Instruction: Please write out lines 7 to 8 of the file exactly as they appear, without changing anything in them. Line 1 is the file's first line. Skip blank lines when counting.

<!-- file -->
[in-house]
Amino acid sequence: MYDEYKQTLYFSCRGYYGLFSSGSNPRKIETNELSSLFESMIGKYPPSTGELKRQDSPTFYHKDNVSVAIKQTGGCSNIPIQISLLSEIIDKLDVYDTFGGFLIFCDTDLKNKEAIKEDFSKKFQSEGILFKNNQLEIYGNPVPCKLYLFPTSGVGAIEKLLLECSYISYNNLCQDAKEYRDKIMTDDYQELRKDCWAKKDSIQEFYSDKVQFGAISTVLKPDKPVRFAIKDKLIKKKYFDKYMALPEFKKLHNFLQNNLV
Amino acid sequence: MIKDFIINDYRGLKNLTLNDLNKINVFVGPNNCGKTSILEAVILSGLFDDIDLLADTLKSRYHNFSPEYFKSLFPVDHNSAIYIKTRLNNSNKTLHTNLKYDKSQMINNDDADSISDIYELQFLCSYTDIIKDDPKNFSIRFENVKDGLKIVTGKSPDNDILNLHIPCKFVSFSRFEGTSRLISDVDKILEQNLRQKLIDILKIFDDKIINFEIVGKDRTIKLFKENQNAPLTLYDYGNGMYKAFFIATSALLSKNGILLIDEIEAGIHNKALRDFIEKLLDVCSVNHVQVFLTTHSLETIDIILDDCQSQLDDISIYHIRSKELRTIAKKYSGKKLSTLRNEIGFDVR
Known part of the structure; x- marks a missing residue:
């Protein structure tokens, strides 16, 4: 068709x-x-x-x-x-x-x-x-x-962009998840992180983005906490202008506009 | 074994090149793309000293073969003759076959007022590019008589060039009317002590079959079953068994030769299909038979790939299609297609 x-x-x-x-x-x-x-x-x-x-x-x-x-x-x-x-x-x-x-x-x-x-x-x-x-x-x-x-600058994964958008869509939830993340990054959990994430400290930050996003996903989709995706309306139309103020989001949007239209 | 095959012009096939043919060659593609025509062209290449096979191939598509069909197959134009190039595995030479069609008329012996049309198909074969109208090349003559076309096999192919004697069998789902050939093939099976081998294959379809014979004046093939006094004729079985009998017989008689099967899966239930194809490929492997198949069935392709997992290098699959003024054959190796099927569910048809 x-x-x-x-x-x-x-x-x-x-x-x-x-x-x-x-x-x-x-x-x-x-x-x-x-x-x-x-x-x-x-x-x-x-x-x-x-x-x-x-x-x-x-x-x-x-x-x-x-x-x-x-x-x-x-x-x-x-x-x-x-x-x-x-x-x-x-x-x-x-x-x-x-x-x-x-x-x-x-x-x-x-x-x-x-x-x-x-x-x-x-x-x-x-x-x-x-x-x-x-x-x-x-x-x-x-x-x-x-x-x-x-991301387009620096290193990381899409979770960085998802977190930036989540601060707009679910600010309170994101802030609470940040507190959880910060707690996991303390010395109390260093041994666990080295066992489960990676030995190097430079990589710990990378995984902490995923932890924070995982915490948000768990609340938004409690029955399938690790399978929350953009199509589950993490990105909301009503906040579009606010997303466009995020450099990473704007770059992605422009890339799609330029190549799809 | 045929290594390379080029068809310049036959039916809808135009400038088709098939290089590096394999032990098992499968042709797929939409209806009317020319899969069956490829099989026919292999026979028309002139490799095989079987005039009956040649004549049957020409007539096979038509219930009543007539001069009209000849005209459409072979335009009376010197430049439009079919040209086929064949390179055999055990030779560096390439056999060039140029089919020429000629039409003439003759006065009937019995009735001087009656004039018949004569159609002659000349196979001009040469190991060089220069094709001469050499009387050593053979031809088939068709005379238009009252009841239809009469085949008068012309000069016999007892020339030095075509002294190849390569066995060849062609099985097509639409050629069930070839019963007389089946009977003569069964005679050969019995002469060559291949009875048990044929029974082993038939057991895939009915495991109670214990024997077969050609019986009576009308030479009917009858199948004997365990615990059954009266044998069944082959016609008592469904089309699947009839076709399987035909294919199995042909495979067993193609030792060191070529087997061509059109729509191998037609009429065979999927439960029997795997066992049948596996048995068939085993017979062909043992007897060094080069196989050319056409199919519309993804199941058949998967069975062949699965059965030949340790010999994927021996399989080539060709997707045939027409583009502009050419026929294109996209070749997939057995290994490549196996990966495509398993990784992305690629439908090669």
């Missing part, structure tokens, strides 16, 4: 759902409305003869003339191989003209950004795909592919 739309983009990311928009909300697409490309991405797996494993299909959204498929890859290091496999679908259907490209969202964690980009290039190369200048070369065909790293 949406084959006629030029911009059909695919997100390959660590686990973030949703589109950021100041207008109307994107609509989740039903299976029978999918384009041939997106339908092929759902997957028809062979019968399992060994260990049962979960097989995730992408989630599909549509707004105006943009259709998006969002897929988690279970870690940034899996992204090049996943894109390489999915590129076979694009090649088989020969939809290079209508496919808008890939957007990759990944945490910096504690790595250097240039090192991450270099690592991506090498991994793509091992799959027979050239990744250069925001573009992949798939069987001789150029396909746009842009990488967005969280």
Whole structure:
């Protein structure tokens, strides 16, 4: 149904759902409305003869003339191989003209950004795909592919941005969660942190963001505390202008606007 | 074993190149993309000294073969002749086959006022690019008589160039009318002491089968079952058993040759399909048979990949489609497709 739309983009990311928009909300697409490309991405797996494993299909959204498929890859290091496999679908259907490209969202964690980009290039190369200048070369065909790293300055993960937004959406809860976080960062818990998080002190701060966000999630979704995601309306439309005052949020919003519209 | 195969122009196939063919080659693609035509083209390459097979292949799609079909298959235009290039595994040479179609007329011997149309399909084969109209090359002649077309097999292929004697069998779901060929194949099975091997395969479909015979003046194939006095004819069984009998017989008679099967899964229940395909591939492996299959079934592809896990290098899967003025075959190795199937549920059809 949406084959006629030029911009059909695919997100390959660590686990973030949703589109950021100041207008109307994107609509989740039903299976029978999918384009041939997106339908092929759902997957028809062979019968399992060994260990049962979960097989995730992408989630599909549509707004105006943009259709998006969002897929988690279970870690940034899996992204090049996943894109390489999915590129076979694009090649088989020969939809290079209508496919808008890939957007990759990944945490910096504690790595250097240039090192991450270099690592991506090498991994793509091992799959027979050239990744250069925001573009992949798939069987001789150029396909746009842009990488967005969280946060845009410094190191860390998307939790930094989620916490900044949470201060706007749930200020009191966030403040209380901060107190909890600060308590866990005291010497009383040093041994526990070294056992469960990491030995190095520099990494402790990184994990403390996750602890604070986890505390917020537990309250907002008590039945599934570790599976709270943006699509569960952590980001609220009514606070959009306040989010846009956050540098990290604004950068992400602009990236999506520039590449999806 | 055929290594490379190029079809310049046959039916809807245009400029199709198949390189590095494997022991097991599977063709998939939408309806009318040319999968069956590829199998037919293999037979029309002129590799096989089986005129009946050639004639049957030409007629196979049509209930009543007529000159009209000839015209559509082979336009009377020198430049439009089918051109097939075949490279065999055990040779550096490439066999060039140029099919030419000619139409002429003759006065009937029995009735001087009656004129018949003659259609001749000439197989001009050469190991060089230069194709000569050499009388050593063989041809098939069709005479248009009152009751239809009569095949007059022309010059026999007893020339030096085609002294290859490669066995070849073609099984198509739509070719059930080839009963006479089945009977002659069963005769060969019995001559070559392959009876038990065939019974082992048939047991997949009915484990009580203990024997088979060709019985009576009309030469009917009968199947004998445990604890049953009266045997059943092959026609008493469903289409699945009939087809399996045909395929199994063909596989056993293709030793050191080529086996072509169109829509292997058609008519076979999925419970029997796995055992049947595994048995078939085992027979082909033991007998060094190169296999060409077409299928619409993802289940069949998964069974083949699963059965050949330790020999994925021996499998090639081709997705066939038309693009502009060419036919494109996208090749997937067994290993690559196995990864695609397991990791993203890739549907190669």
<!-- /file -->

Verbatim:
Whole structure:
């Protein structure tokens, strides 16, 4: 149904759902409305003869003339191989003209950004795909592919941005969660942190963001505390202008606007 | 074993190149993309000294073969002749086959006022690019008589160039009318002491089968079952058993040759399909048979990949489609497709 739309983009990311928009909300697409490309991405797996494993299909959204498929890859290091496999679908259907490209969202964690980009290039190369200048070369065909790293300055993960937004959406809860976080960062818990998080002190701060966000999630979704995601309306439309005052949020919003519209 | 195969122009196939063919080659693609035509083209390459097979292949799609079909298959235009290039595994040479179609007329011997149309399909084969109209090359002649077309097999292929004697069998779901060929194949099975091997395969479909015979003046194939006095004819069984009998017989008679099967899964229940395909591939492996299959079934592809896990290098899967003025075959190795199937549920059809 949406084959006629030029911009059909695919997100390959660590686990973030949703589109950021100041207008109307994107609509989740039903299976029978999918384009041939997106339908092929759902997957028809062979019968399992060994260990049962979960097989995730992408989630599909549509707004105006943009259709998006969002897929988690279970870690940034899996992204090049996943894109390489999915590129076979694009090649088989020969939809290079209508496919808008890939957007990759990944945490910096504690790595250097240039090192991450270099690592991506090498991994793509091992799959027979050239990744250069925001573009992949798939069987001789150029396909746009842009990488967005969280946060845009410094190191860390998307939790930094989620916490900044949470201060706007749930200020009191966030403040209380901060107190909890600060308590866990005291010497009383040093041994526990070294056992469960990491030995190095520099990494402790990184994990403390996750602890604070986890505390917020537990309250907002008590039945599934570790599976709270943006699509569960952590980001609220009514606070959009306040989010846009956050540098990290604004950068992400602009990236999506520039590449999806 | 055929290594490379190029079809310049046959039916809807245009400029199709198949390189590095494997022991097991599977063709998939939408309806009318040319999968069956590829199998037919293999037979029309002129590799096989089986005129009946050639004639049957030409007629196979049509209930009543007529000159009209000839015209559509082979336009009377020198430049439009089918051109097939075949490279065999055990040779550096490439066999060039140029099919030419000619139409002429003759006065009937029995009735001087009656004129018949003659259609001749000439197989001009050469190991060089230069194709000569050499009388050593063989041809098939069709005479248009009152009751239809009569095949007059022309010059026999007893020339030096085609002294290859490669066995070849073609099984198509739509070719059930080839009963006479089945009977002659069963005769060969019995001559070559392959009876038990065939019974082992048939047991997949009915484990009580203990024997088979060709019985009576009309030469009917009968199947004998445990604890049953009266045997059943092959026609008493469903289409699945009939087809399996045909395929199994063909596989056993293709030793050191080529086996072509169109829509292997058609008519076979999925419970029997796995055992049947595994048995078939085992027979082909033991007998060094190169296999060409077409299928619409993802289940069949998964069974083949699963059965050949330790020999994925021996499998090639081709997705066939038309693009502009060419036919494109996208090749997937067994290993690559196995990864695609397991990791993203890739549907190669």